This $5.00 Gadget Saved My Flaky, Crusty, Itchy Scalp

You're going to scream when you read this, but it seems I've somehow STILL been washing my hair all wrong.

Let me be clear: I am obviously not a doctor. I don’t even play one on TV. I am, however, a very good Google-er of random symptoms in search of a self-diagnosis. Real doctors are always impressed by the amount of knowledge I possess about diseases which I most definitely do not have. So when I started having these randomly greasy, itchy, flaky patches of skin on my scalp, I didn’t bother going to the dermatologist -- I just cracked open my computer and consulted the Diseases and Conditions tab at Mayo that I have open at all times.

I quickly ruled out psoriasis or eczema, in part because the flaky, scabby areas were concentrated only on my scalp, (and even then just in two tiny spots at the base of my neck) but also because I had never before exhibited any flaky skin symptoms. That left me with only one diagnosis: seborrheic dermatitis. It's a non-contagious, often recurring skin infection -- kind of a turbo-charged version of regular old dandruff. Hello? Is this thing on? Are you still with me?


Seborrheic dermatitis (seb-o-REE-ik der-muh-TI-tis) is a common skin disorder that mainly affects your scalp, causing scaly, itchy, red skin and stubborn dandruff.

Seborrheic dermatitis can also affect your face, upper chest, back and other areas of your body that have many oil (sebaceous) glands.

Common signs and symptoms of seborrheic dermatitis include:

• Inflammation (redness) of the skin

• Patchy scaling or thick crusts on your scalp

• Yellow or white flakes (dandruff) on your scalp or your hair, eyebrows, beard or mustache

• Red, greasy skin covered with flaky white or yellow scales on other areas of your body, including your chest, armpits, the area where your thigh meets your abdomen (groin) or the male scrotum

• Itching or soreness

Doctors don't actually know the root cause of seborrheic dermatitis -- but a fungus called Malassezia, a normal microscopic life form that grows in your skin's oily secretions may play a role in flareups. (BRB, throwing up at the idea that some random fungus is just casually living on my person like it's NBD.) Winter weather, stress, fatigue and certain neurological conditions can also cause a bout of seborrheic dermatitis.

Even though my flaky spots were small -- only two of them, each the size of a dime, they were crazy annoying and itchy. My hairdresser took a picture of them for me so I could see exactly what was going on, as they were at the back of my head -- but I'm not going to ruin your lunch by sharing them with you now! (There's a totally non-gross picture right here if you are curious.)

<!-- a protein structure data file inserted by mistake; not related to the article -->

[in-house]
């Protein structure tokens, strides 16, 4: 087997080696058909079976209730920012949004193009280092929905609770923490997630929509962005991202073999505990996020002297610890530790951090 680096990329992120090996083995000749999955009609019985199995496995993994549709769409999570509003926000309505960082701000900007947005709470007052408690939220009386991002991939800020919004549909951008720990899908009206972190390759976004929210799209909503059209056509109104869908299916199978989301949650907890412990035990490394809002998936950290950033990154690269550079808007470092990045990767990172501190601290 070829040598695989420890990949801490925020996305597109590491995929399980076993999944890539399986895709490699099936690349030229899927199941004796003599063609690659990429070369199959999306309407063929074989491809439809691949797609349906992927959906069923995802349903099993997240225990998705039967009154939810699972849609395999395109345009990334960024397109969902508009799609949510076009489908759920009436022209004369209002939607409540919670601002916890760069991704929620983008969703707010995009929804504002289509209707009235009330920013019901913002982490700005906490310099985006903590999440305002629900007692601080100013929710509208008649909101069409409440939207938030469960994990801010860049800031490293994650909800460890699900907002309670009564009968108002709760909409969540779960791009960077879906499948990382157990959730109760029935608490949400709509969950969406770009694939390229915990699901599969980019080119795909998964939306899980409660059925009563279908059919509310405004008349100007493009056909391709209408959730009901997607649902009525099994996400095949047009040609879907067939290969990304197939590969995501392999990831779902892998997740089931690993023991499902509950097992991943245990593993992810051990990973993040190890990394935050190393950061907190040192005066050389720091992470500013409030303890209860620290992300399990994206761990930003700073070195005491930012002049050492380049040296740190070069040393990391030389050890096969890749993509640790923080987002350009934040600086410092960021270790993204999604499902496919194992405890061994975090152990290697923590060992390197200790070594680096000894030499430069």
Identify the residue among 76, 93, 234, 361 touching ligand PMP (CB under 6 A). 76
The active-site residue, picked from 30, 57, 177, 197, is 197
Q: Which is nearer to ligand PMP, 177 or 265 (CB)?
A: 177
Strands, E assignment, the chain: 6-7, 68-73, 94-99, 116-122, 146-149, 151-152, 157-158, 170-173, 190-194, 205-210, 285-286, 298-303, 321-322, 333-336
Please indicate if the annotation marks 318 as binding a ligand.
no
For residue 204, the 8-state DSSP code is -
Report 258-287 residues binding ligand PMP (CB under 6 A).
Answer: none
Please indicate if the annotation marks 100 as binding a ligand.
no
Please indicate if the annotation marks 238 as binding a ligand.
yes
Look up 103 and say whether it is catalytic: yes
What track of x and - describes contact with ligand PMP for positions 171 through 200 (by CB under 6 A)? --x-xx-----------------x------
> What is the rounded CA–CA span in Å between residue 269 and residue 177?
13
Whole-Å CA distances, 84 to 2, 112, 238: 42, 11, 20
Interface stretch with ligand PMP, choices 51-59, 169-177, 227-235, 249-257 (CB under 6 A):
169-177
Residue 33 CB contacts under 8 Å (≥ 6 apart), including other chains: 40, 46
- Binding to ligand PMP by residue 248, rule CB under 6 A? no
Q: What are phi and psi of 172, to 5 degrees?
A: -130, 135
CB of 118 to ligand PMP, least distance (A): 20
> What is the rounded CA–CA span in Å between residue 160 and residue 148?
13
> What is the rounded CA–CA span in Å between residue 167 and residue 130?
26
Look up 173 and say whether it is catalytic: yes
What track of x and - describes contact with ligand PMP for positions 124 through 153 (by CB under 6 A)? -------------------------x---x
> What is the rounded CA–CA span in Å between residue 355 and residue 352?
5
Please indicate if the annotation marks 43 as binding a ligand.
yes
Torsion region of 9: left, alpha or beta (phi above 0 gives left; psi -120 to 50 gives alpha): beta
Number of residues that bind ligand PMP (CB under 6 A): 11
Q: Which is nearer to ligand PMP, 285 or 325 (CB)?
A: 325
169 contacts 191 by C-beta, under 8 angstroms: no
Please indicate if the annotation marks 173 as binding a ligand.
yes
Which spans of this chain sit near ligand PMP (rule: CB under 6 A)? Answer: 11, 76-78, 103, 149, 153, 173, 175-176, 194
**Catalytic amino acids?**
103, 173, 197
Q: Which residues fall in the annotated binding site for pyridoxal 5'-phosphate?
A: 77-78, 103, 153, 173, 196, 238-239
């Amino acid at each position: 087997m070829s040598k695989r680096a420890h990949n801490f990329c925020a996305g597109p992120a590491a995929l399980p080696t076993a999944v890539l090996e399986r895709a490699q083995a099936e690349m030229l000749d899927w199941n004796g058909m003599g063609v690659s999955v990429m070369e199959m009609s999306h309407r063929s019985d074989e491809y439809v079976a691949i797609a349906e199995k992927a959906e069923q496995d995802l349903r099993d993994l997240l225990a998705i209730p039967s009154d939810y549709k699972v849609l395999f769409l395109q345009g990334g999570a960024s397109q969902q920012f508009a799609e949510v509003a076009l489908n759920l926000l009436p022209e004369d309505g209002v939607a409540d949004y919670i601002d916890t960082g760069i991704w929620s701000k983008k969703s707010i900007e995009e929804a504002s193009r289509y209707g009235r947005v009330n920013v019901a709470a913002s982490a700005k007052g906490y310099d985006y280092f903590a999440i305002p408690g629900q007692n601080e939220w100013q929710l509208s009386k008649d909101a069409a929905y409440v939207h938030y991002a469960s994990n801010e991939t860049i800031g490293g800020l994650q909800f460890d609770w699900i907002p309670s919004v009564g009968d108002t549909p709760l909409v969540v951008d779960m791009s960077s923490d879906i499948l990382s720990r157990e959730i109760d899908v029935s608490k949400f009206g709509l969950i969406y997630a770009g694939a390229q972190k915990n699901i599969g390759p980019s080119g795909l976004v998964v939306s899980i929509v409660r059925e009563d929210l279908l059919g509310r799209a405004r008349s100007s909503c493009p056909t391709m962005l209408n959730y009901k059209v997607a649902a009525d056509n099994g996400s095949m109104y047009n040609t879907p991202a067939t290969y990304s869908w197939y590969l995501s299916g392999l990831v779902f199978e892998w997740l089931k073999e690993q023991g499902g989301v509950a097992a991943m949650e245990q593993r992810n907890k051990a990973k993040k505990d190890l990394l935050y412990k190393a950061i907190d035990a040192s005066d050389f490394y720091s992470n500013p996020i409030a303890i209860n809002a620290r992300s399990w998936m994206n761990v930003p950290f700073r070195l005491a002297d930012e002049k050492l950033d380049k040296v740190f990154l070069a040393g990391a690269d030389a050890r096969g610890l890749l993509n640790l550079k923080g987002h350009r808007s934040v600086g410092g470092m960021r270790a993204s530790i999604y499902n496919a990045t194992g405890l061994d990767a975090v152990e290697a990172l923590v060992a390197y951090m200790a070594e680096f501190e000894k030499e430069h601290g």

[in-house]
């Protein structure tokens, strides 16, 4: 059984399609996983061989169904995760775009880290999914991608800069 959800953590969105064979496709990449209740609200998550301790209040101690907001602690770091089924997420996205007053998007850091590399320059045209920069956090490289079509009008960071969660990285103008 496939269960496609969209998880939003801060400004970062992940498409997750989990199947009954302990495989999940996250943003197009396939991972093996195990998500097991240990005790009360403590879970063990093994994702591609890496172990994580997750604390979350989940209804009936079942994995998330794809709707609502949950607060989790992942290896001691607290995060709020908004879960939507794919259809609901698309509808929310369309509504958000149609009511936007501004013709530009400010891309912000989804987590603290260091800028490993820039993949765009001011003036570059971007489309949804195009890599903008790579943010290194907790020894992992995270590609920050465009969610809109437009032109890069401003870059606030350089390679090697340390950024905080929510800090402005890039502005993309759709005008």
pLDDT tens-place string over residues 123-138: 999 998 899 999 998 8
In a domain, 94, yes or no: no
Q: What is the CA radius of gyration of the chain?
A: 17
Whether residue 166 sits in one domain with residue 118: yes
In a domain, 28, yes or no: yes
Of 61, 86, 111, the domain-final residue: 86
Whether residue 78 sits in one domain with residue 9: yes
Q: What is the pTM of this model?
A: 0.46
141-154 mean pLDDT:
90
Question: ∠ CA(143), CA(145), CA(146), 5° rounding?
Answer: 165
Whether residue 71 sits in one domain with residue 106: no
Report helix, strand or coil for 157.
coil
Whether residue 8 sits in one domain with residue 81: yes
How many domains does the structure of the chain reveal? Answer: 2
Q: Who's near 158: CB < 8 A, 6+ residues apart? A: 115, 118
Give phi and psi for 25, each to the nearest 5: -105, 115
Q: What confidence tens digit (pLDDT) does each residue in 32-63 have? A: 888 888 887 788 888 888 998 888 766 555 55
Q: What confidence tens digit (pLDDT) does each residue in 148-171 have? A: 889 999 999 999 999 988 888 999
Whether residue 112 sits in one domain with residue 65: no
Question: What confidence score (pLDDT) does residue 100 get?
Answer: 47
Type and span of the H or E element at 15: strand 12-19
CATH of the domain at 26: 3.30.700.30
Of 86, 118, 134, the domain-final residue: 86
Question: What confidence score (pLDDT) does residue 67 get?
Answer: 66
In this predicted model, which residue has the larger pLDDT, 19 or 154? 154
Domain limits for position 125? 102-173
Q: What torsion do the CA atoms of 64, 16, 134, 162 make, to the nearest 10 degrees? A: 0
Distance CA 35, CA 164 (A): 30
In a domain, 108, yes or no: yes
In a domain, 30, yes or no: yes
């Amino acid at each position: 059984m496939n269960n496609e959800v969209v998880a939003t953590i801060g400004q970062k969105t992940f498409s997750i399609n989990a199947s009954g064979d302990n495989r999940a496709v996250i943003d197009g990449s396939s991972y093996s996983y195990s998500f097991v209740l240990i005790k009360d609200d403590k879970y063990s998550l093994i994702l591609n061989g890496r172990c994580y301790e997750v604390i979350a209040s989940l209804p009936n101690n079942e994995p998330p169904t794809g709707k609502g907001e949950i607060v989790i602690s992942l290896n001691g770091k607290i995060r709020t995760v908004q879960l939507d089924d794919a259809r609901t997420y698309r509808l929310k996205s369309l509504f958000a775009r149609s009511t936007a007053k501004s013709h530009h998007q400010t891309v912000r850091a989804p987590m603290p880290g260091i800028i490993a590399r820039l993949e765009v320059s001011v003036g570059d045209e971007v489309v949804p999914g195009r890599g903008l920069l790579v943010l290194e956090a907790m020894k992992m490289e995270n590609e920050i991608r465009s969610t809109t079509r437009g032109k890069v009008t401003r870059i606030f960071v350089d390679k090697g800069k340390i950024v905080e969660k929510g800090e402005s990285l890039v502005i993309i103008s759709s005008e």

For starters, I used Neutrogena's T-Sal shampoo on the affected areas, and it helped a lot. T-Sal is formulated with 3% salicylic acid, which has been shown to be effective at breaking down the bonds between skin cells to help remove dead tissue. I use it only on the affected parts of my scalp and still slather my fancy-pants shampoo on the length of my hair.

While the T-Sal helped, it didn't completely solve the problem, so I kept turning over every rock in my life in an attempt to find the root cause of my scalp drama. After about a week, I realized that while I am an all-star obsessive hair washer, it would seem that I am not a very talented (or skilled) hair rinser. The area at the back of my neck (where my hair is thickest) is hard to rinse completely, and I often overlook it, which results in a mild shampoo and conditioner buildup -- the perfect kind of moist environment that Malassezia loves to thrive in. In short, I think I'm kind of a piglet?

The simple act of parting my hair in the back after washing and making sure I rinse all the shampoo and conditioner away has made a world of difference in my scalp health. It was instantly less flaky, crusty and itchy. But the thing that has really kicked my seborrheic dermatitis' ass is this little $5.00 hard rubber shampoo brush. It gets my scalp squeaky clean and works to break up any existing flakes pronto.

I use it to wash my hair (applying the shampoo directly to the brush) and it feels soooooo darn goooooood. I also use it during the rinsing phase on my problem spots to ensure I've gotten all the shampoo and conditioner off my scalp. As a result, my flakes are now totally gone -- and my scalp, which is a notorious grease pit, feels cleaner and squeakier than it has in years. Even if you don't have dandruff or dermatitis problems, it feels exactly like getting a scalp massage at the hair salon -- a total luxury for just five measly dollars.

While the (admittedly online) doctors say there is actually no way to prevent developing seborrheic dermatitis in the first place -- or of avoiding a recurrence of it once it's appeared -- I'm here to tell you that my triple threat routine of salicylic acid shampoo, proper rinsing and a $5.00 shampoo brush has completely banished my flaky, crusty, itchy scalp, at least for now. I've got my fingers crossed that it stays that way. This is Dr. Alison Freer, signing off.

Alison Freer is the author of 'How to Get Dressed: A Costume Designer's Secrets for Making Your Clothes Look, Fit, and Feel Amazing'.